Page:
Here is a book by Matthew Syed. I have not read the book, but understand that his key premise is that we should be learning from our mistakes. It is based on how in the aviation industry the black box recorders are examined after flight disaster in order to learn lessons so that aviation safety can be improved.The fundamental premise is that when you have a failure, you have to examine why that failure happened and implement strategies so that those failures do not happen again.
It is all about learning from your mistakes. So do I learn from any mistakes? Another way of expressing the phenomenon is to observe that life is not about living a failure free life; it is, rather, about learning from the failures that do happen. So easily though we do not have this mind-set. Rather, when we do have failures we just get over them, carry on with life and forget what happened. In such a case we have failed to benefit from the failure.
So am I a black-box thinker? I suggest that should be the general tenor of my life if I am to develop and get stronger. So easily though we sweep things under the carpet. Businesses, churches, marriages are left impoverished because lessons have not been learned from mishaps and mistakes.
Another danger is that when failure does happen there can a tendency to give up. So in marriages when the couple have a row, and are struggling to work things out, there can be the tendency to give up on it all. Or in business if a product is being developed, then it can be ditched at the first sign of difficulty. And in churches, if an evangelistic strategy did not work out, there can be a tendency to just say we will give up on all this reaching out to people. This will not do we must go beyond our mistakes whilst learning from them.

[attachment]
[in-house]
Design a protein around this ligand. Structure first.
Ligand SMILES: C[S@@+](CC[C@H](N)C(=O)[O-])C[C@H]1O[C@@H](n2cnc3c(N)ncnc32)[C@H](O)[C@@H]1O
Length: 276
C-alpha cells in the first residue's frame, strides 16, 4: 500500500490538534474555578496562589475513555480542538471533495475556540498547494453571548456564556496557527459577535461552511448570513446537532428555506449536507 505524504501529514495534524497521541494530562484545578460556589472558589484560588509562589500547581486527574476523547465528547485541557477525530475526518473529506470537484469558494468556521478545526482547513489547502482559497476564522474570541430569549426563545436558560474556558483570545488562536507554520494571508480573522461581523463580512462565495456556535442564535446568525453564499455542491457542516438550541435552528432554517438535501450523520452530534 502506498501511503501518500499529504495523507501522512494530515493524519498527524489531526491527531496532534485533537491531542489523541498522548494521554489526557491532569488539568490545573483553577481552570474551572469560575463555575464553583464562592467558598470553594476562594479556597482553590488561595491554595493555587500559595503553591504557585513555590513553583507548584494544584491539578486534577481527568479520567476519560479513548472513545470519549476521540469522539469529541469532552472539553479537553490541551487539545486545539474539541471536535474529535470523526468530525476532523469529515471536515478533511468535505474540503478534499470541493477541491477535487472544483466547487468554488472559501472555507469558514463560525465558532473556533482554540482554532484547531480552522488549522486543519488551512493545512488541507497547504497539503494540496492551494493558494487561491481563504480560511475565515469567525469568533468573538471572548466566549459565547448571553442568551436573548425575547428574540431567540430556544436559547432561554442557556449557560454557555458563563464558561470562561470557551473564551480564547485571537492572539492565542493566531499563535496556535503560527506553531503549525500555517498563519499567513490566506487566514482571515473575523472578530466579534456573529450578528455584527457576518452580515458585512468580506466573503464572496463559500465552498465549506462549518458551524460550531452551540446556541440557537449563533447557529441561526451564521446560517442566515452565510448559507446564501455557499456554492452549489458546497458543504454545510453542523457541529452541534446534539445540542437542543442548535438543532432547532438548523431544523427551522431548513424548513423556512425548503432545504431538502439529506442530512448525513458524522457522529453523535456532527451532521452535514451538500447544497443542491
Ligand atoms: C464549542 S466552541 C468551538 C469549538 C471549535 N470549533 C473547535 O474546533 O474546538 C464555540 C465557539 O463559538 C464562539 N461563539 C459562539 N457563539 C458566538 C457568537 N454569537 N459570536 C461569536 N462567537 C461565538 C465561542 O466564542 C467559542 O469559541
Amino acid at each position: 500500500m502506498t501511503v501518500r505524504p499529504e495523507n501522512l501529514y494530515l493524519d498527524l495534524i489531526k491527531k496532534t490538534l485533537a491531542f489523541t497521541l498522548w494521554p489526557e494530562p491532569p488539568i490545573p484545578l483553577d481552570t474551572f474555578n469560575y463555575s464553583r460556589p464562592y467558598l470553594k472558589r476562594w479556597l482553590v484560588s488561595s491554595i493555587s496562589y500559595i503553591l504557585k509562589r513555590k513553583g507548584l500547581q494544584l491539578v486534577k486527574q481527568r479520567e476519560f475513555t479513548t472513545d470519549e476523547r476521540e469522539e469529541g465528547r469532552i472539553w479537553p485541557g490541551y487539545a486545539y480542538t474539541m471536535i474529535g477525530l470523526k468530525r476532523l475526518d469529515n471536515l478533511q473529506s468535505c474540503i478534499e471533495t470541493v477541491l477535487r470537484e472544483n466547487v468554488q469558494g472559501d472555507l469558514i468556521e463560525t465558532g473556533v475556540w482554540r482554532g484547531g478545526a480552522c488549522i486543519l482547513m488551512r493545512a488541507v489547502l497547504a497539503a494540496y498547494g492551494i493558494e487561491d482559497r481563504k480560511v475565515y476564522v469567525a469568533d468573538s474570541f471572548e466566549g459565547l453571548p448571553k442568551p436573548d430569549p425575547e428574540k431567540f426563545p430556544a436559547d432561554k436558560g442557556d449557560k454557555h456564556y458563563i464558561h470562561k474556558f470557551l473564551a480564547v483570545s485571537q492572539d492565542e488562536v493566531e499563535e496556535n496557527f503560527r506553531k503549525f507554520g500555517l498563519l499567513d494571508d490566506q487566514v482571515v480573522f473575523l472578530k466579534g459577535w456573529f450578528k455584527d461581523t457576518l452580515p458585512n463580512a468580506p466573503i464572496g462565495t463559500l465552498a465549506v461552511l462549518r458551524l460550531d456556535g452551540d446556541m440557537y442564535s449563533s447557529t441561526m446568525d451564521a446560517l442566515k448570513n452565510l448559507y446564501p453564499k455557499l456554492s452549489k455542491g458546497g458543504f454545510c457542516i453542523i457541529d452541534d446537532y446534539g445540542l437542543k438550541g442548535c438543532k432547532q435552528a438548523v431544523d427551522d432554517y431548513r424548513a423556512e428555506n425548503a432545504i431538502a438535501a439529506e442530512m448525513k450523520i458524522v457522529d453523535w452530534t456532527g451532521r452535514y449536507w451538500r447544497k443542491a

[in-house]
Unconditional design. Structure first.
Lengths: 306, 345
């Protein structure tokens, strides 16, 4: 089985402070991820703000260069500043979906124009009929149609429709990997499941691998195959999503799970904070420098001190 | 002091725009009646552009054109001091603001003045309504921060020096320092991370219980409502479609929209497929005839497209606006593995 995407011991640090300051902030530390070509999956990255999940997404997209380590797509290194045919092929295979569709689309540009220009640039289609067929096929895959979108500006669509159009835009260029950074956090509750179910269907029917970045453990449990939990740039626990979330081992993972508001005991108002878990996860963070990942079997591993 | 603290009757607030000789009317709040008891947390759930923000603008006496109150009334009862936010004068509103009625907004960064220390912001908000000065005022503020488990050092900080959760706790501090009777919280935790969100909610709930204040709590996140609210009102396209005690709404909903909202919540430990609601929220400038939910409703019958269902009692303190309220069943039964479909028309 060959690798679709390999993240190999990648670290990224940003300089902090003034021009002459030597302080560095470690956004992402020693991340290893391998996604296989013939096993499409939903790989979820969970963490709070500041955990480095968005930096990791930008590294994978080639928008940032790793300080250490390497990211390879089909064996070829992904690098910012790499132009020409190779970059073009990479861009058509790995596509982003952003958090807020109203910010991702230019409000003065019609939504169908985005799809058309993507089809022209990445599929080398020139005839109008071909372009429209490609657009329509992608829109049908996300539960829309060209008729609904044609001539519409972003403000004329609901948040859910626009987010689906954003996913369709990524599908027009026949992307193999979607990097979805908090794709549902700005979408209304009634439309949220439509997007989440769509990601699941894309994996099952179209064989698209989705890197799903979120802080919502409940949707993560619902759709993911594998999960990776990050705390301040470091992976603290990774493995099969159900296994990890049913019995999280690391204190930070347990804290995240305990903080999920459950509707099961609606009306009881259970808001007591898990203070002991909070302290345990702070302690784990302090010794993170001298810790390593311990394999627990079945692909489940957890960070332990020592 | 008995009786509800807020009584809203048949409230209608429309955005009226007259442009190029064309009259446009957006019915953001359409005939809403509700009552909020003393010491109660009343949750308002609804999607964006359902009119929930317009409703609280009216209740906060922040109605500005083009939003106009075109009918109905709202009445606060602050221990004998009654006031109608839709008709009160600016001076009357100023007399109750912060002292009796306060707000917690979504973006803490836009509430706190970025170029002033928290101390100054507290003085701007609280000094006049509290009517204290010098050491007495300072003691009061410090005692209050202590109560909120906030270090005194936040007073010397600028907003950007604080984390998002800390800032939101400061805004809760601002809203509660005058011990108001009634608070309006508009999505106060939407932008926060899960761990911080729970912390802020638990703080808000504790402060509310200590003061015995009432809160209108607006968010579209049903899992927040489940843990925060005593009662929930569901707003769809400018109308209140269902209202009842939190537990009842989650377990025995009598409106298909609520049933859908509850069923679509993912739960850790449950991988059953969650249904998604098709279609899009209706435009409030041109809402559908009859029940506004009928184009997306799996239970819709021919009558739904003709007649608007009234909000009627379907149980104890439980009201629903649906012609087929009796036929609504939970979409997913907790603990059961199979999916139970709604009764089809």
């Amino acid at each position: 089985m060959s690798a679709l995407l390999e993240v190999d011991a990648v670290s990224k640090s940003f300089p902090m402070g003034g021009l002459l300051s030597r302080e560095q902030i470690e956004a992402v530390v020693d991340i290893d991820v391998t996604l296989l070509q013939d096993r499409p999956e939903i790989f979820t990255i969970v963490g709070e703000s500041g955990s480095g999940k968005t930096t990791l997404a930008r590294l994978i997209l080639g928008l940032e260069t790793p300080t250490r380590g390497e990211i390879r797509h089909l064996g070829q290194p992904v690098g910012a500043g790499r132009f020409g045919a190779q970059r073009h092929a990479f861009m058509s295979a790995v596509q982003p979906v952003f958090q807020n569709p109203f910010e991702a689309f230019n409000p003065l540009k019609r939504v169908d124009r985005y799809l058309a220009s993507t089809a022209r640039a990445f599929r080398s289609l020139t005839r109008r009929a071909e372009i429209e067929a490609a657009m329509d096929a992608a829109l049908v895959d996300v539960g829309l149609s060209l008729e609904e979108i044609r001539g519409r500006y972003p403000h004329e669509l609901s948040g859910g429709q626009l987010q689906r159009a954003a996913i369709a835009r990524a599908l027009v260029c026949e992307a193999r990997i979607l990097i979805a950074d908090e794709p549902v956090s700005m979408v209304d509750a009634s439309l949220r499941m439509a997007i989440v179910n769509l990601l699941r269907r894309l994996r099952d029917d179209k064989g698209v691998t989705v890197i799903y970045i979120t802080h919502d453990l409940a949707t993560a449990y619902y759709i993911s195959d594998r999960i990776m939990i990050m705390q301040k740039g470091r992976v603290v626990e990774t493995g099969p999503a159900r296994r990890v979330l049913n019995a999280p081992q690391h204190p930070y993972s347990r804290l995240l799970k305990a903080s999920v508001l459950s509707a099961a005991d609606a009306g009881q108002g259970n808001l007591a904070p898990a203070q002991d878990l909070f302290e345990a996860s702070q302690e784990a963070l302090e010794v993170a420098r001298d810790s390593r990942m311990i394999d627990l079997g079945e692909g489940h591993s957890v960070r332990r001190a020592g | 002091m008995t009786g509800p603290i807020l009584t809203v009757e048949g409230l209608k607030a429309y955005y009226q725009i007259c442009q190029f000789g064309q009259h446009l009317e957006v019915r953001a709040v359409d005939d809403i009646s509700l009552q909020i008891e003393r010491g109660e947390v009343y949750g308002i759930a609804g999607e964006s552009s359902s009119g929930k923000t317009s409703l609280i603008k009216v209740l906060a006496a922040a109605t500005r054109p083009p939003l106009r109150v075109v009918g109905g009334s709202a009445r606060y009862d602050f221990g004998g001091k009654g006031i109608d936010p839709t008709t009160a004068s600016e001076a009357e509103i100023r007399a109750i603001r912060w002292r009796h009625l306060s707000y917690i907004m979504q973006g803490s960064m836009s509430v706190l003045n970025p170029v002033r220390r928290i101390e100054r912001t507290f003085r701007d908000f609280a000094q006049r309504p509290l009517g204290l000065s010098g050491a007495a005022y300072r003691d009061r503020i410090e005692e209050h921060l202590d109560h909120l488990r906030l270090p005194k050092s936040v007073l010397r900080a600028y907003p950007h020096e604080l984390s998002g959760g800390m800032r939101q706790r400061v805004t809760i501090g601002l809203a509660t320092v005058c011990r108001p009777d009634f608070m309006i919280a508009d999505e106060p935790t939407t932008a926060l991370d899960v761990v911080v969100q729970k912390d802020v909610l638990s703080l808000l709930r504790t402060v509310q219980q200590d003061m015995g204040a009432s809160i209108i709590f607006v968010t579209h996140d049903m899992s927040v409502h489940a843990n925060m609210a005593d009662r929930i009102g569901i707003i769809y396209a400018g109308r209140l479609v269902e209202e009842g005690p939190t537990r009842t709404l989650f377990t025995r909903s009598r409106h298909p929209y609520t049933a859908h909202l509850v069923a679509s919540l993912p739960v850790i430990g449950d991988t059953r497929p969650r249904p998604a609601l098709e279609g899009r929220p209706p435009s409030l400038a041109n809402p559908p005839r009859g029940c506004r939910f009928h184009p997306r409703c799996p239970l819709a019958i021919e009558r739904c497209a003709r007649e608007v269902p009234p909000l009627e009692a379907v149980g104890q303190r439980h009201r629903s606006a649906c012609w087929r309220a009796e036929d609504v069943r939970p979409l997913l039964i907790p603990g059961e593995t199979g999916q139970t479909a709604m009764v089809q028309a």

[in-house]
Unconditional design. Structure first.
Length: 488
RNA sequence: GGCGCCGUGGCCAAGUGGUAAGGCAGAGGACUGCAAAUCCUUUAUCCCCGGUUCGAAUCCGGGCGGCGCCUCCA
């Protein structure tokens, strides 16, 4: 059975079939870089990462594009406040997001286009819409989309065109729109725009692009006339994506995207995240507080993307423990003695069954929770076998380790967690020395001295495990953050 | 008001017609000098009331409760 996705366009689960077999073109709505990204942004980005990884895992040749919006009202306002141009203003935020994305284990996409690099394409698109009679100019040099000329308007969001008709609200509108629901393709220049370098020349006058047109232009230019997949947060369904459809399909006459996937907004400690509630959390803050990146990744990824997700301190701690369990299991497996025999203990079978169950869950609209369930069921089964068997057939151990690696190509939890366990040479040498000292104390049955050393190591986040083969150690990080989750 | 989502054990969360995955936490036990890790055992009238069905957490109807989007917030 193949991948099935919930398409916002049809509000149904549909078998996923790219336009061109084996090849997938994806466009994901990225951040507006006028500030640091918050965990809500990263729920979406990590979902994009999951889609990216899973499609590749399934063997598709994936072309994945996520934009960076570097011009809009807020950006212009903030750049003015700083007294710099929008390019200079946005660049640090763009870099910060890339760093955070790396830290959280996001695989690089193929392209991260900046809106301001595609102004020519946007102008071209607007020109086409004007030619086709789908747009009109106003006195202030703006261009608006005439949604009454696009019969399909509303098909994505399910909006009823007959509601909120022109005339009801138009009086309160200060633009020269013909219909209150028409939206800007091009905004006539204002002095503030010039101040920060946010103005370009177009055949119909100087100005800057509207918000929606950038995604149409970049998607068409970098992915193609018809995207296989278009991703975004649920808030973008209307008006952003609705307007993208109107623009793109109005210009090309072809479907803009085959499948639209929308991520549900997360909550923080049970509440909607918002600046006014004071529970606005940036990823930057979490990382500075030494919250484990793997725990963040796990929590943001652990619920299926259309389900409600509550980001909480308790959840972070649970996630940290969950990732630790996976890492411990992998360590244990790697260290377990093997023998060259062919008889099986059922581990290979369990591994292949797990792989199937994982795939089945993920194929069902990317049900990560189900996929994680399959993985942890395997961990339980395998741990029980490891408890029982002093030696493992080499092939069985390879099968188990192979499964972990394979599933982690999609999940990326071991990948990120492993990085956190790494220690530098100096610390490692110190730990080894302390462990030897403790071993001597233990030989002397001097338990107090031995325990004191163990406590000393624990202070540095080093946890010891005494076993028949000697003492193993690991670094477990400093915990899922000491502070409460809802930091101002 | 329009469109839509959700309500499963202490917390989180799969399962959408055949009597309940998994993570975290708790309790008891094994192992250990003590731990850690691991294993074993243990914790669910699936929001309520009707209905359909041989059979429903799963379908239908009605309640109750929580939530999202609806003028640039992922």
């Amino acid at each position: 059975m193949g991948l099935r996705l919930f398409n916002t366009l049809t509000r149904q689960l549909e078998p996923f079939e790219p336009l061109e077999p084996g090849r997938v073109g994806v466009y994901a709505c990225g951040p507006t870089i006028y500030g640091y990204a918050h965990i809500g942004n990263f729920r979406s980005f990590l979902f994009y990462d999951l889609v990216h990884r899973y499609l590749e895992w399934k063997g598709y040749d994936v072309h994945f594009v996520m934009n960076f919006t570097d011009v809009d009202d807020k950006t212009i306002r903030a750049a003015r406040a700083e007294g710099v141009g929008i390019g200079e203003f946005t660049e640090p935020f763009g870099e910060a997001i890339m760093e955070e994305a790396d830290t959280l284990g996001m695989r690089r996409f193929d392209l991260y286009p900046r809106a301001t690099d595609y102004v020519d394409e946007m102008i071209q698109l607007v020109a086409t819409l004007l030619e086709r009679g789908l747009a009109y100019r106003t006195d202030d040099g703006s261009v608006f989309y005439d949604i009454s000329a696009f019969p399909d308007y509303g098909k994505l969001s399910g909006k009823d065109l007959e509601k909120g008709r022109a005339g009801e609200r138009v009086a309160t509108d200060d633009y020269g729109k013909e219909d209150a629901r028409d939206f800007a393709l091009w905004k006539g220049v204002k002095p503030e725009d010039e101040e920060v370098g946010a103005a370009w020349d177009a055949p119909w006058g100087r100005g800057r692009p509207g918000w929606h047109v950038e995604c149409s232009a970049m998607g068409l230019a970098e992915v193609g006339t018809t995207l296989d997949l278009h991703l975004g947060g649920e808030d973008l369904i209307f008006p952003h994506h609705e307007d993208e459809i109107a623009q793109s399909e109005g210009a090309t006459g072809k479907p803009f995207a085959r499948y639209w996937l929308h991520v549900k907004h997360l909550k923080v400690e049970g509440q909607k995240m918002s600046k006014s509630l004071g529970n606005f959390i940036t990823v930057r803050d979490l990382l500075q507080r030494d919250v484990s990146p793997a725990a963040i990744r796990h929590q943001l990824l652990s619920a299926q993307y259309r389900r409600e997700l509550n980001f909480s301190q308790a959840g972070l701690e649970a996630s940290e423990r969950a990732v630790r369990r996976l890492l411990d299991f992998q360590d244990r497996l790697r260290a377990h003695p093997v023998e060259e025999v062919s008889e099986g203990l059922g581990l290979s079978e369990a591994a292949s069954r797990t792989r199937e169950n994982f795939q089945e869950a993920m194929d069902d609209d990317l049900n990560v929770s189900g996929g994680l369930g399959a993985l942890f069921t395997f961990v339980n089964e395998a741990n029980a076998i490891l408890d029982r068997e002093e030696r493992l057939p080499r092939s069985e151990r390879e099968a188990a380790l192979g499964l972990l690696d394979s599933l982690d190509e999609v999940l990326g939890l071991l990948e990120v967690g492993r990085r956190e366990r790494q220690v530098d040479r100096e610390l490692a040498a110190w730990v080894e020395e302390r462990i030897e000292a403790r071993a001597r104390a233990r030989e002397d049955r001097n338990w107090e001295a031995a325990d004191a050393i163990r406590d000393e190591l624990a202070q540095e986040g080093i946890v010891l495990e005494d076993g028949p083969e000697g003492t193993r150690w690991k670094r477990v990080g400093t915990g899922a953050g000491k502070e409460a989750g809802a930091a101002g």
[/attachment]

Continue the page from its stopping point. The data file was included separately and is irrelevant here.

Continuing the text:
Winston Churchill said that “success consists of going from failure to failure without loss of enthusiasm.” To make the best of failure you have to go beyond it. The Bible says in Proverbs 24:16 For though the righteous fall seven times, they rise again, but the wicked stumble when calamity strikes. Let us be continually learning, looking ahead and moving forward. After all if there was no black-box thinking then flights would either stop totally or be continually crashing, neither of which are good recipes for success when transposed into life in general.